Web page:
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Best sugar for priming

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jmcdaniel0

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I have been looking over the carious methods of priming bottles, and there seems to be a whole heck of alot of different options.

Is there a certain sugar that works the best?

I see dextrose being used the most, and it is really cheap. Coopers, Mr. Beer and many other companies market priming tablets and drops. Are they any different than just using straight up dextrose? and if not, is there a table somewhere that tell how much dextrose to use per bottle?
 

C-Rider

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Just use plain old TABLE SUGAR. The yeast don't know the difference and there ain't nuttin cheaper. Just adjust your calculator to the right type of sugar. I use the calculator in BeerSmith. But if you search I'm sure you can find one online.
 

petrolSpice

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I've used both corn sugar and table/cane sugar (in cube form). Both seem to work just as well. I only use the sugar cubes when bottling straight from the fermenter. Otherwise I use the bottling bucket and boil corn sugar in water as usual.
 

GrogNerd

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I used DME once or twice, but stopped since it left krausen in the necks of the bottles

we don't use table/cane sugar in the house, or I would probably use it.

otherwise, dextrose is cheap and works and OMG it's time for a beer :mug:
 
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jmcdaniel0

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good info guys! thanks

So a sugar cube is enough for one 12 ounce bottle?
 

McKnuckle

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So a sugar cube is enough for one 12 ounce bottle?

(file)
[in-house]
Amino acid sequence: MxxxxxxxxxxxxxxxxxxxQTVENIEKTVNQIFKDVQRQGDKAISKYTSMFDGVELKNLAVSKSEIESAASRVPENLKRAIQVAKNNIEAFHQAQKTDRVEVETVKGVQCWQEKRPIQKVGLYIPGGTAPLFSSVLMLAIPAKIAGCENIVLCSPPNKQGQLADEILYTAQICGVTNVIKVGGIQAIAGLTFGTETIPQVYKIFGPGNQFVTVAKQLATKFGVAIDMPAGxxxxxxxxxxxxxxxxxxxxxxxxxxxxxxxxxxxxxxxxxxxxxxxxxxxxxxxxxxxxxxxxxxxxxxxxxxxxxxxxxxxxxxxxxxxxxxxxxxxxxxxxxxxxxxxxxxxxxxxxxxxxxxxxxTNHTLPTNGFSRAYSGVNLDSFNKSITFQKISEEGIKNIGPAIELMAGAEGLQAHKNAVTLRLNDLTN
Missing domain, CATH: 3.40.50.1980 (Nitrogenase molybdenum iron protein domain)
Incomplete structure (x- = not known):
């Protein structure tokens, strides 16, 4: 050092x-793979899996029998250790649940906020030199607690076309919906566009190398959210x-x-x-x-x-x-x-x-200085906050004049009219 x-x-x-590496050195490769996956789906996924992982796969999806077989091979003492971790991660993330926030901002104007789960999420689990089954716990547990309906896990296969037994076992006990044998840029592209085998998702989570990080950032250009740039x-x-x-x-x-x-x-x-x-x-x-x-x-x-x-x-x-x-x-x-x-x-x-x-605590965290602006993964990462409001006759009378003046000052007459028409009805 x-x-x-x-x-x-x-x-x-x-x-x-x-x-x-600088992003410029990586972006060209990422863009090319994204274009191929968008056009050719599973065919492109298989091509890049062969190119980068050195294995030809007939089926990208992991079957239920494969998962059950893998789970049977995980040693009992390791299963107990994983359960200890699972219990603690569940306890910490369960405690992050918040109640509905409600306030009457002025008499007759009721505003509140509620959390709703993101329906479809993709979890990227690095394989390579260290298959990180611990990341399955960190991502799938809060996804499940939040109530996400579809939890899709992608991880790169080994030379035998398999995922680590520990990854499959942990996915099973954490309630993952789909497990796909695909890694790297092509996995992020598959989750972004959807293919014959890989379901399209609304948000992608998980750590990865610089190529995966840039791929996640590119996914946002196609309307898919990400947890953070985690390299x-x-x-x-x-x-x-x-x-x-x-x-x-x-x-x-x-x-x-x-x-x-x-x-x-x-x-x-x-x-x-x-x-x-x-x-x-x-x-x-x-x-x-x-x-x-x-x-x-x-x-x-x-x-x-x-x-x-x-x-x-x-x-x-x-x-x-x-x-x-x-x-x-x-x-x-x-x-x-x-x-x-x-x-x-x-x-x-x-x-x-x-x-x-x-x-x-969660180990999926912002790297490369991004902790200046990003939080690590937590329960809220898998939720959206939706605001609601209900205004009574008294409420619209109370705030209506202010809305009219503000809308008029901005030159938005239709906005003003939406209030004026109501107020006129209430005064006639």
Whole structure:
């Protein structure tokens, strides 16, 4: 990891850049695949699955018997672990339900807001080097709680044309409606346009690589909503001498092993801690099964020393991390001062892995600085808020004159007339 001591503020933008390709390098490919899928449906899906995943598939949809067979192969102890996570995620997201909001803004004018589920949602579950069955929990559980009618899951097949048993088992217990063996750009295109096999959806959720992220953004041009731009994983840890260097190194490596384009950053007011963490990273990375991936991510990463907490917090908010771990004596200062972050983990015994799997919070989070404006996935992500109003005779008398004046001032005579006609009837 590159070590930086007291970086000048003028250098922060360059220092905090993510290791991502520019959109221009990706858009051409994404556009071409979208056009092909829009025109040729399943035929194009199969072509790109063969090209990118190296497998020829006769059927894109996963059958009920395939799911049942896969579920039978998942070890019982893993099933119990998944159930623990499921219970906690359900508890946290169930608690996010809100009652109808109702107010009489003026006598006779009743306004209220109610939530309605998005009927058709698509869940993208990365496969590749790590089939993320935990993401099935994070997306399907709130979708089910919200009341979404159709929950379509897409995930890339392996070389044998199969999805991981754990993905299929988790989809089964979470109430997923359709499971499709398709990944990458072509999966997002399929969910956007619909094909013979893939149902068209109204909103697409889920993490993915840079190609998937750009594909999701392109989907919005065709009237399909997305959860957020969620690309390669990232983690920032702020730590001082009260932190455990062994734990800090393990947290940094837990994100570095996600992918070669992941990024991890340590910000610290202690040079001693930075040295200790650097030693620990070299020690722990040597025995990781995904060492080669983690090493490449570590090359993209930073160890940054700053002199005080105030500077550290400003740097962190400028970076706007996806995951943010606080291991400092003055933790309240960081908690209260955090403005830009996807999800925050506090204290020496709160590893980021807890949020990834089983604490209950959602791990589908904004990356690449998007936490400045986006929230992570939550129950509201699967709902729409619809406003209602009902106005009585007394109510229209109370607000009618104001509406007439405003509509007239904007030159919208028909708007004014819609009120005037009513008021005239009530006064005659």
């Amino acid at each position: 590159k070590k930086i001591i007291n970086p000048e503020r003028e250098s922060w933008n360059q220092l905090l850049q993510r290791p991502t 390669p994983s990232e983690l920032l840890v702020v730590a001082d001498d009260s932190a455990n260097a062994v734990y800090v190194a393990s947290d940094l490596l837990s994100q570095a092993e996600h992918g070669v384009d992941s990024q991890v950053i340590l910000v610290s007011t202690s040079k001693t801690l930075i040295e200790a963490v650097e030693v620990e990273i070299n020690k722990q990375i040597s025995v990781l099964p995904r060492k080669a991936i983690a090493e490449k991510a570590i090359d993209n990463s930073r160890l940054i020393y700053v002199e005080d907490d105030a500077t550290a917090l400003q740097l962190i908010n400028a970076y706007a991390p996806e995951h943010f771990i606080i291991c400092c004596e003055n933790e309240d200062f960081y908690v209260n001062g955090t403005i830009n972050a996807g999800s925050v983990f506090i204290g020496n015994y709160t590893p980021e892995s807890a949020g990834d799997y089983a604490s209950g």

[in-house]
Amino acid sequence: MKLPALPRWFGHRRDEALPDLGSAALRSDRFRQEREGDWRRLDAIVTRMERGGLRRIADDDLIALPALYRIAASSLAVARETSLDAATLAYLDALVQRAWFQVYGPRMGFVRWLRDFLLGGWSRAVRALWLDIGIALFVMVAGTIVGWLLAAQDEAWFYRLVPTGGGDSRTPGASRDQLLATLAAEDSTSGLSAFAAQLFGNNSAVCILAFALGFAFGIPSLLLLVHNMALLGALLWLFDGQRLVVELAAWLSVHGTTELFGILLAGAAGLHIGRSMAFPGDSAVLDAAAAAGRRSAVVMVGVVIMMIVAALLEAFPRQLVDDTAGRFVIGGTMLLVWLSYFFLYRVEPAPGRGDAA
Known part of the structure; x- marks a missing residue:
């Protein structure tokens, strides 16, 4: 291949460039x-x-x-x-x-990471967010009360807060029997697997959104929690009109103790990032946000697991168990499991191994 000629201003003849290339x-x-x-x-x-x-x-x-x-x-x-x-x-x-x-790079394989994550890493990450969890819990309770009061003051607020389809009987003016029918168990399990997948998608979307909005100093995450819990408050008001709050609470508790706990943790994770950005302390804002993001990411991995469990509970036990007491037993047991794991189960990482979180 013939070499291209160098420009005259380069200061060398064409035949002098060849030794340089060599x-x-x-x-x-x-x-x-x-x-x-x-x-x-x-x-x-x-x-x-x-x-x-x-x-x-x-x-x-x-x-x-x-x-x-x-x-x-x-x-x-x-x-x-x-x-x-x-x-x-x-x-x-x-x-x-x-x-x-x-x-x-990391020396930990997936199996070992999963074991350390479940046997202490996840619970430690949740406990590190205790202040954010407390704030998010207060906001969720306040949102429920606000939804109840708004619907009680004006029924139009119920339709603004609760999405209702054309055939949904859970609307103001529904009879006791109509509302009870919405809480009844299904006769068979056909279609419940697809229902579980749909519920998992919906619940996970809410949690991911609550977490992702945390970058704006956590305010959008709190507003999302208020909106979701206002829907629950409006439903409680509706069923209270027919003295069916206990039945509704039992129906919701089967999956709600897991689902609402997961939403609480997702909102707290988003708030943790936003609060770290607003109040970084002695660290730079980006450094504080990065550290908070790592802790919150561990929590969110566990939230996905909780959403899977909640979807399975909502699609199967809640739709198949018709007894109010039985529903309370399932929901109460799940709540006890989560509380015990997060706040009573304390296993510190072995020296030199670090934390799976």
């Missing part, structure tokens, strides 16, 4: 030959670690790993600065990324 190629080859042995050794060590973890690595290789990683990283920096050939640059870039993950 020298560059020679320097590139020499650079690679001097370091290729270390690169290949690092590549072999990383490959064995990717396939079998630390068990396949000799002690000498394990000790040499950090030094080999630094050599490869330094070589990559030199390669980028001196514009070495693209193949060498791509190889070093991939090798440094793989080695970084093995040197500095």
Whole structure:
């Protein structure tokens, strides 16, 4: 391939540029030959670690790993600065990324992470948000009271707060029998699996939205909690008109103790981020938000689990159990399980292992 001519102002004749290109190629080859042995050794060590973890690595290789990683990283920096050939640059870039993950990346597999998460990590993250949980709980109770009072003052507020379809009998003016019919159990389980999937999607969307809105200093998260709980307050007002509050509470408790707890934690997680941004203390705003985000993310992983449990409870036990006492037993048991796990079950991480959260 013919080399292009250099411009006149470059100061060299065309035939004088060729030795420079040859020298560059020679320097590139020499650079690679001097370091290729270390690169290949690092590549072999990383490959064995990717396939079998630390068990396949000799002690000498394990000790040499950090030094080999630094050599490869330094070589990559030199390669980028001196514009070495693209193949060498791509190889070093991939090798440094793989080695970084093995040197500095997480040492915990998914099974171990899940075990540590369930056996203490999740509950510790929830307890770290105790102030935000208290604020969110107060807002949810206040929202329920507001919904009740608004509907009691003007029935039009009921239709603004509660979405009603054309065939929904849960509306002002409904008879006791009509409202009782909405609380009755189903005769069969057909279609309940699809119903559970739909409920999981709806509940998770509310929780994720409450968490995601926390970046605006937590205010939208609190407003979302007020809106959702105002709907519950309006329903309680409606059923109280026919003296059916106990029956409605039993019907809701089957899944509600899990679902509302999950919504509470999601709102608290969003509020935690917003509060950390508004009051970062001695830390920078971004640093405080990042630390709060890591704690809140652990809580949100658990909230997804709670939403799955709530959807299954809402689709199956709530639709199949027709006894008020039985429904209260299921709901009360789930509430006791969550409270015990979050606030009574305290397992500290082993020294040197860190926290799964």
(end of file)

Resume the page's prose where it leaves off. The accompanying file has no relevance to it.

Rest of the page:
It sure is! The Domino cubes weigh 2.4g. Check that out in any of the online priming calculators, and you'll see that it gets a bottle to the average carbonation level of most American styles and most lagers. Roundabout 2.5-2.6 volumes if I recall correctly.
 

z-bob

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good info guys! thanks

So a sugar cube is enough for one 12 ounce bottle?
I use 1 small (Domino) sugar cube per 11 or 12 ounce bottle, 2 cubes for a 22 oz. bomber, and 2 large (C&H) sugar cubes for a 1 liter plastic bottle.

The C&H cubes are too large to fit the neck of a beer bottle.

I don't remember how much sugar I use for 500ml European beer bottles (I have a case of those but haven't used them for a while) but I think it's a teaspoon of granulated sugar poured in with a little funnel.
 
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jmcdaniel0

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It sure is! The Domino cubes weigh 2.4g. Check that out in any of the online priming calculators, and you'll see that it gets a bottle to the average carbonation level of most American styles and most lagers. Roundabout 2.5-2.6 volumes if I recall correctly.
I dont think it get much easier than that.....
 

violinguy

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I just tried my first bottle primed with the Domino "dots." Even a little early (only 12 days since bottling) it was carbonated perfectly. I can't wait to drink the other ones next week after a good 3 weeks of conditioning. For me, I'll keep using them. Very easy, and really cheap - less than $2 for 192 of them.
 

petrolSpice

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I've use the Domino cubes on 4 batches now and so far so good! 1 per 12oz, 2 per 22oz bottle. Some bottles have a narrower opening than others and need a little push to go in. Some fall right in.
 

BrettCo124